Monday, July 28, 2014
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My turn: Just say no to ACOs

By
From page A4 | July 11, 2012 |

Say hello to Obamacare’s latest technocratic gimmick — the Accountable Care Organization (ACO).

The first of these federally-chartered Pioneer ACO groups of healthcare providers just recently launched. Proponents of ACOs claim that the new entities will help doctors and hospitals better coordinate care in order to improve the health of Medicare patients and reduce costs.

Don’t count on it. Instead of helping doctors and patients to make individualized treatment decisions, ACOs will empower government bureaucrats to consolidate healthcare providers into top-down organizations and dictate how care is delivered — at greater cost.

According to Obamacare’s supporters, ACOs will streamline communication among doctors and thereby result in more effective care for patients.

Providers will be paid not according to the number of procedures they perform but according to the quality of care they deliver. So doctors and hospitals will have a strong incentive not to repeat tests or perform procedures that don’t improve patients’ health.

The theory underpinning ACOs was based on the success of a small number of highly coordinated health systems like the Cleveland Clinic, the Mayo Clinic, Intermountain Health and the Geisinger Health System. Each of those organizations was once touted by Obamacare’s backers as a model for ACOs envisioned by the federal reform law.

But all four have chosen not to participate in the initial 32 Pioneer ACOs launched this year, because the bureaucratic burden of following Obamacare’s 696 pages’ worth of new regulations is just too high.

According to a letter written by the Cleveland Clinic to the Department of Health and Human Services, the rules are “replete with prescriptive requirements that have little to do with outcomes” and “detailed governance and reporting requirements that create significant administrative burdens.”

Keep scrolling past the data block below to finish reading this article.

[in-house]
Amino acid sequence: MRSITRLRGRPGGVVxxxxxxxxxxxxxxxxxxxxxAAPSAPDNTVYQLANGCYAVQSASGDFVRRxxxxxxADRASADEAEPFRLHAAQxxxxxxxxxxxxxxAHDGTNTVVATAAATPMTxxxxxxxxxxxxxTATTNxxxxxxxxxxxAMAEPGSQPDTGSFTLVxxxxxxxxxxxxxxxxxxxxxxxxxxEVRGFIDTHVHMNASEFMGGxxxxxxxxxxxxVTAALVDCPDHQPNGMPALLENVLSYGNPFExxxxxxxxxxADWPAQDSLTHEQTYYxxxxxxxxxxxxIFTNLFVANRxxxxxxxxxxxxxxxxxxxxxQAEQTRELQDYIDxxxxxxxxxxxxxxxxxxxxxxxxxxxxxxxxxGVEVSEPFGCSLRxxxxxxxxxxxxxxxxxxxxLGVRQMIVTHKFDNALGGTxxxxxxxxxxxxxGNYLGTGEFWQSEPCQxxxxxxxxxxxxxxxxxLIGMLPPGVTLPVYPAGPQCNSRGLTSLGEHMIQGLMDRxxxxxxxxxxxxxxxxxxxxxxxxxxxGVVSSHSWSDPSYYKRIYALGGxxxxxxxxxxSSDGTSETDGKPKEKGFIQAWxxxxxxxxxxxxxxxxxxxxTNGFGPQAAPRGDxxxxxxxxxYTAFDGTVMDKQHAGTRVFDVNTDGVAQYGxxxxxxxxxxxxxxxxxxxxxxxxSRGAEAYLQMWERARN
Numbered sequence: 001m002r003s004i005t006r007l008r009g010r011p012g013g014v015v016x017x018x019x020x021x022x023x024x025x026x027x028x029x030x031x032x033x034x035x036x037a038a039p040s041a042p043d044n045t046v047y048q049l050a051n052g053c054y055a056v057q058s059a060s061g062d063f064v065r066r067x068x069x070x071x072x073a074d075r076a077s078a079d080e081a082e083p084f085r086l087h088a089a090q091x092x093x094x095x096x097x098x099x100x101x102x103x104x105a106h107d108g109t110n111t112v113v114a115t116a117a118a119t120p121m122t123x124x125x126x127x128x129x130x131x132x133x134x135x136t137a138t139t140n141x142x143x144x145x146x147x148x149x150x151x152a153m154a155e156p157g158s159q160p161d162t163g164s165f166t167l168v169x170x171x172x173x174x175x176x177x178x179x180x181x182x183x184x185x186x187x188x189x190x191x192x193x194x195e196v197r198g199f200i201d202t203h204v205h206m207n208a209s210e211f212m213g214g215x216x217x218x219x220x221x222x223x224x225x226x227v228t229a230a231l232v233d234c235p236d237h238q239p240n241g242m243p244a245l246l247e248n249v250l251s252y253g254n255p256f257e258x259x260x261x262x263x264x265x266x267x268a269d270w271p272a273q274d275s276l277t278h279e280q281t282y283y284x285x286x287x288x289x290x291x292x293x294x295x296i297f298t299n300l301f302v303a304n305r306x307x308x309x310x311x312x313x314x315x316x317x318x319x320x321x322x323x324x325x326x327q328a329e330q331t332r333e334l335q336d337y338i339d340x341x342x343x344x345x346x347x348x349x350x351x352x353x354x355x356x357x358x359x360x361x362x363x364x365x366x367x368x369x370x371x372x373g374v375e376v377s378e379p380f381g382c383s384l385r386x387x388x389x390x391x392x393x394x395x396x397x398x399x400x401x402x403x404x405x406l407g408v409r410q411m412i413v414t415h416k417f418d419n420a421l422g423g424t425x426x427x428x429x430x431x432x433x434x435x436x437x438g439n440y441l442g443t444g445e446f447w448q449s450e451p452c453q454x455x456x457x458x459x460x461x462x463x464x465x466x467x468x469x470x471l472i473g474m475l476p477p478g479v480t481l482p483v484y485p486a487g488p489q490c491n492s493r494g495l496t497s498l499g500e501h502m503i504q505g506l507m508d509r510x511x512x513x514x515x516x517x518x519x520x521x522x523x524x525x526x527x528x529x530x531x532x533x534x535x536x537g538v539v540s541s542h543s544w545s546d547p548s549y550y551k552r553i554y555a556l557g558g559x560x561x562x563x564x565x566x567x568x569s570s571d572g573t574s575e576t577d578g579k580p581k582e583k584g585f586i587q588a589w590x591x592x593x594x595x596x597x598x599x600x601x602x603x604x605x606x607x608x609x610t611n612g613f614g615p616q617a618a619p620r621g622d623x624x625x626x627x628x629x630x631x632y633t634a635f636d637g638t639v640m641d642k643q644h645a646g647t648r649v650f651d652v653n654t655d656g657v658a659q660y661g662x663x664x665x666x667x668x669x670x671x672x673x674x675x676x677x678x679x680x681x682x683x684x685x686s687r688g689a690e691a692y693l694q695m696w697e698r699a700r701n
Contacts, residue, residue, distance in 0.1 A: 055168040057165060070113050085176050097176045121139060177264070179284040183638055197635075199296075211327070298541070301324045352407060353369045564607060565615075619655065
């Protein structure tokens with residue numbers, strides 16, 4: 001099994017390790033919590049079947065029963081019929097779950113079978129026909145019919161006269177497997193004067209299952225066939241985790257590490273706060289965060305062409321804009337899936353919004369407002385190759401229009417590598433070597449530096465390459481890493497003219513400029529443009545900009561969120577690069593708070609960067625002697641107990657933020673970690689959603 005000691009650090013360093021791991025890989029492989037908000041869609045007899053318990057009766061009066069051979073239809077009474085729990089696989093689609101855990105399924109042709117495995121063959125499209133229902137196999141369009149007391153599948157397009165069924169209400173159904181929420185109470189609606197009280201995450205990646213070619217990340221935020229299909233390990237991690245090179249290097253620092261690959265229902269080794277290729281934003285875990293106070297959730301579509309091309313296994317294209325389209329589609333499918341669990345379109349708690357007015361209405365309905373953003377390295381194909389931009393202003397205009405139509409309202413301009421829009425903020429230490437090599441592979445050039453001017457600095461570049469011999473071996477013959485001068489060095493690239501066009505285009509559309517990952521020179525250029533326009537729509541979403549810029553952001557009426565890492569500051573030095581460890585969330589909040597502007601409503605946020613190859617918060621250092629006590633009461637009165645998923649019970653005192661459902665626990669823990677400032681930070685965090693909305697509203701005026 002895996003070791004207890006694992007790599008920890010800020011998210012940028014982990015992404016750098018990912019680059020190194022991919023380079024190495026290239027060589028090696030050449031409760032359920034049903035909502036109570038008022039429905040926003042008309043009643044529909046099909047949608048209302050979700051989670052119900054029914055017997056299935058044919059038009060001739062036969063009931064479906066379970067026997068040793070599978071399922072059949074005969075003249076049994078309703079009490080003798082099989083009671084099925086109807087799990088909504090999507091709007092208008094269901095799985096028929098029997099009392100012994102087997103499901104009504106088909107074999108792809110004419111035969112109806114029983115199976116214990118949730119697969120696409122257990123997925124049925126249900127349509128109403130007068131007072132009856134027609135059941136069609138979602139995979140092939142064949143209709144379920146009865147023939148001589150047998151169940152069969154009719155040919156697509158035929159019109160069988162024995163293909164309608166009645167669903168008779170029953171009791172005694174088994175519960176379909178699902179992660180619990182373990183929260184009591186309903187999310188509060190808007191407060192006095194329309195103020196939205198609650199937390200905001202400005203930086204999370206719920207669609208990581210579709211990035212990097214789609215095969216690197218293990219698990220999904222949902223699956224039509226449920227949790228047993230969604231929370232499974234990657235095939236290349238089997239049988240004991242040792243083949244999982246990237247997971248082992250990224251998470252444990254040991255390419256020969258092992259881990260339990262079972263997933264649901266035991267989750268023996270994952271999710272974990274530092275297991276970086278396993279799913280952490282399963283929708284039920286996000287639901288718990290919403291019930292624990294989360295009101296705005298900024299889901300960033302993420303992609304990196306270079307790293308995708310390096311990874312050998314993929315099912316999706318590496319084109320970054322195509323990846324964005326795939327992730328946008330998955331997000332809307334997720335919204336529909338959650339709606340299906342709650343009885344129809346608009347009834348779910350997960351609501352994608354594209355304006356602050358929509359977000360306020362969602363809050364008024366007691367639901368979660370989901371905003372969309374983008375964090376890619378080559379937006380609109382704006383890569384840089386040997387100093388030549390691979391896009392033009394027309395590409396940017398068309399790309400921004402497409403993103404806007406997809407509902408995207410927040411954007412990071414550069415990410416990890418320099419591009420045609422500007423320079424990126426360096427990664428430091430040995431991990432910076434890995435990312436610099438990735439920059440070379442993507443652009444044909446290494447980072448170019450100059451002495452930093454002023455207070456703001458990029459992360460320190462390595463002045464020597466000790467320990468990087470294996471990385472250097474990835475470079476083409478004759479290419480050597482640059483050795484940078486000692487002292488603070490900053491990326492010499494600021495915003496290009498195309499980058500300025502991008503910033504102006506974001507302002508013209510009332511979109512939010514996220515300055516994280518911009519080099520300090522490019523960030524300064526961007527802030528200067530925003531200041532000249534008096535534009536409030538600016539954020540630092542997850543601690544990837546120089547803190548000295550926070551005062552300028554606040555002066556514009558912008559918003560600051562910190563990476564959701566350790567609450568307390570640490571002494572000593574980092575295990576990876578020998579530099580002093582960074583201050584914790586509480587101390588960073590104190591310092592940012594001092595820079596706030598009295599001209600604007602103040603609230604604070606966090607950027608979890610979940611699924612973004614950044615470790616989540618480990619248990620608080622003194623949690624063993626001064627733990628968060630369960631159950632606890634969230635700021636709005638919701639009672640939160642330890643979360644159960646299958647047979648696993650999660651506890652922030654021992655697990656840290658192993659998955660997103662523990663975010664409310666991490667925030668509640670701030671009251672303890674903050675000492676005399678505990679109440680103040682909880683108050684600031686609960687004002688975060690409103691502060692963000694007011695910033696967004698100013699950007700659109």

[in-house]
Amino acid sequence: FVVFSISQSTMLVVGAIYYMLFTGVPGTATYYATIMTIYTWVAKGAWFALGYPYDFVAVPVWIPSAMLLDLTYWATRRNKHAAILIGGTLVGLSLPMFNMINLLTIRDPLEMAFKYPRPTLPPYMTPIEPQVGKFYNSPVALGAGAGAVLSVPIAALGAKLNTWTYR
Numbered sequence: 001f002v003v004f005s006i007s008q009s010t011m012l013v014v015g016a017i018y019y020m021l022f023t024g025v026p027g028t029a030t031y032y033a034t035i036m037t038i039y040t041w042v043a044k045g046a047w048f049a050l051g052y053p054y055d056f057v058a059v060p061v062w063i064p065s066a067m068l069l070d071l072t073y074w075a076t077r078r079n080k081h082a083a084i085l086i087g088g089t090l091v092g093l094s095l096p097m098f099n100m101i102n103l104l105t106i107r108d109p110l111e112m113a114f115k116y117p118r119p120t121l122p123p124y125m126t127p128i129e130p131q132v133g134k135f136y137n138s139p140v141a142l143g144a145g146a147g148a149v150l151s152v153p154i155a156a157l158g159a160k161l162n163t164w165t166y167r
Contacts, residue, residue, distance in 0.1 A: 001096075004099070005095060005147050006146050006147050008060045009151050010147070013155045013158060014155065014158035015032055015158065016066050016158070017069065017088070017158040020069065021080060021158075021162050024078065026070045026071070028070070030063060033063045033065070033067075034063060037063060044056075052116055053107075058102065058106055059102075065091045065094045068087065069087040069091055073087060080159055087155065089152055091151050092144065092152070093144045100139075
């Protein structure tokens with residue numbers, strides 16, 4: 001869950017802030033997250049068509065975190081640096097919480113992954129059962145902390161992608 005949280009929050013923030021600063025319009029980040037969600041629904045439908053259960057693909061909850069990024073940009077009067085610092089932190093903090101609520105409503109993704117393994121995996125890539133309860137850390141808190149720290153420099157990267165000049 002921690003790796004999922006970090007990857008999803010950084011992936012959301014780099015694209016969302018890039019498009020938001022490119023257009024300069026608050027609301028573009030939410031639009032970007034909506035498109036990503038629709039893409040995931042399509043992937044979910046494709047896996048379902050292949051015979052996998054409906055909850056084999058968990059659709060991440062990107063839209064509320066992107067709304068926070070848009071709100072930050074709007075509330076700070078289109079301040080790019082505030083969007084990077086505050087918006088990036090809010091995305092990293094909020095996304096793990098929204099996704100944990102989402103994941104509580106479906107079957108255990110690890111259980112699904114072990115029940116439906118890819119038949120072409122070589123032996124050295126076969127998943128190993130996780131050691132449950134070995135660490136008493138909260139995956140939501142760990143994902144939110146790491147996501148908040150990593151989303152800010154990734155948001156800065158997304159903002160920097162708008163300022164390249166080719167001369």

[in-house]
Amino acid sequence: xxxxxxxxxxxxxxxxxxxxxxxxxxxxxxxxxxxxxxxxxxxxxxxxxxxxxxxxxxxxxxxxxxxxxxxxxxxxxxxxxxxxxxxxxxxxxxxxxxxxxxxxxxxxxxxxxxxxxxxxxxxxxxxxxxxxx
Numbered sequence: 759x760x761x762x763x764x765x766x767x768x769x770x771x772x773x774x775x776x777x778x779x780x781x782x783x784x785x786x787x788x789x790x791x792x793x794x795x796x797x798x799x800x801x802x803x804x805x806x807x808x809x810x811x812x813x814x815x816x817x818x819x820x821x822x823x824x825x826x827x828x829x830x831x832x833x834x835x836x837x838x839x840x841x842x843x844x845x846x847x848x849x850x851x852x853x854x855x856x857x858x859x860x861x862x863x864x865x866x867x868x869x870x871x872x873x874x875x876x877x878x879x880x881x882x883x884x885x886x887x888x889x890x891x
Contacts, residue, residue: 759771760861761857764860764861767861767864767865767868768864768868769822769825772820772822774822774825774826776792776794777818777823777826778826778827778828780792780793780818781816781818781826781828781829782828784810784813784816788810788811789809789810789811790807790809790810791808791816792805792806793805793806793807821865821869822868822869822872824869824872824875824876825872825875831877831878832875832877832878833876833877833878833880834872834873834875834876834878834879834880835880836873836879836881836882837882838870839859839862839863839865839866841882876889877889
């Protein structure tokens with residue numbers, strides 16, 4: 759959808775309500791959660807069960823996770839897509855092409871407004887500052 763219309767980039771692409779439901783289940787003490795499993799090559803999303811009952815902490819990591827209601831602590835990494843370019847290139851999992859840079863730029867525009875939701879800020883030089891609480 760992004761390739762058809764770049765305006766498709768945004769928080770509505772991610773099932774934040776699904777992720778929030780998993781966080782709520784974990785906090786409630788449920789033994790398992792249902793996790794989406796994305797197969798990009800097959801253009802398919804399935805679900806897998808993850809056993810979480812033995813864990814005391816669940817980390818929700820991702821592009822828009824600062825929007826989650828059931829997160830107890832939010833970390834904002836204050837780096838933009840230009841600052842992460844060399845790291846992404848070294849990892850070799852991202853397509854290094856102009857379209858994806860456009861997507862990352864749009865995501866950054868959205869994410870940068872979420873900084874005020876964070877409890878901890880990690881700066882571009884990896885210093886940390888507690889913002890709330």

A top official at Geisinger echoed the criticism, calling the regulations “problematic” and noting that the rules seem “to be very prescriptive and restrictive with a fair amount of administrative and regulatory oversight.”

So the ACOs aren’t about delivering better care. They’re about empowering the federal bureaucracy.

And they won’t save money as intended, either. According to the Congressional Budget Office, ACOs will reduce Medicare spending by about $4.9 billion between now and 2019.

Annual Medicare spending is already north of half a trillion dollars and is projected to rise to more than $920 billion in the next decade. So the savings from ACOs amount to less than 1 percent of the entitlement’s expected expenditures over the period.

And unless there are changes made to reduce costs, the program’s Hospital Insurance Trust Fund will be bankrupt by 2024, according to a report last year from the Medicare Trustees.

Some experts believe that ACOs won’t yield any savings at all. Last fall, Federal Trade Commissioner J. Thomas Rosch warned that the overall result of ACOs may “be higher costs and lower quality health care — precisely the opposite of its goal.”

How’s that? In many cases, “coordination” will amount to “consolidation.” And by encouraging consolidation through ACOs, Obamacare may end up giving health providers greater market power. Facing less competition, the newly-formed ACOs will be freer to hike their prices. And consumers will be left with fewer healthcare choices.

Indeed, as University of California, Berkeley health economist James C. Robinson reported in a paper last year, “hospitals in concentrated markets charge significantly higher prices to private payers than do their peers in more competitive markets.”

And the consolidations have already begun. Back in 2010, St. Louis University health and antitrust expert Thomas L. Greaney warned, “The new law is already encouraging a wave of mergers, joint ventures, and alliances in the health care industry.”

Since then, the trend has grown, with the total value of the top 10 hospital mergers and acquisitions coming in at $5.6 billion in 2011, up from $3.8 billion in 2010.

More bureaucracy. Higher prices. Worse care for Medicare patients. The American people should hold Obamacare’s ACOs accountable for inflicting major damage on our healthcare system.

Sally C. Pipes is President, CEO, and Taube Fellow in Health Care Studies at the Pacific Research Institute. Her latest book is The Pipes Plan: The Top Ten Ways to Dismantle and Replace Obamacare (Regnery 2012).

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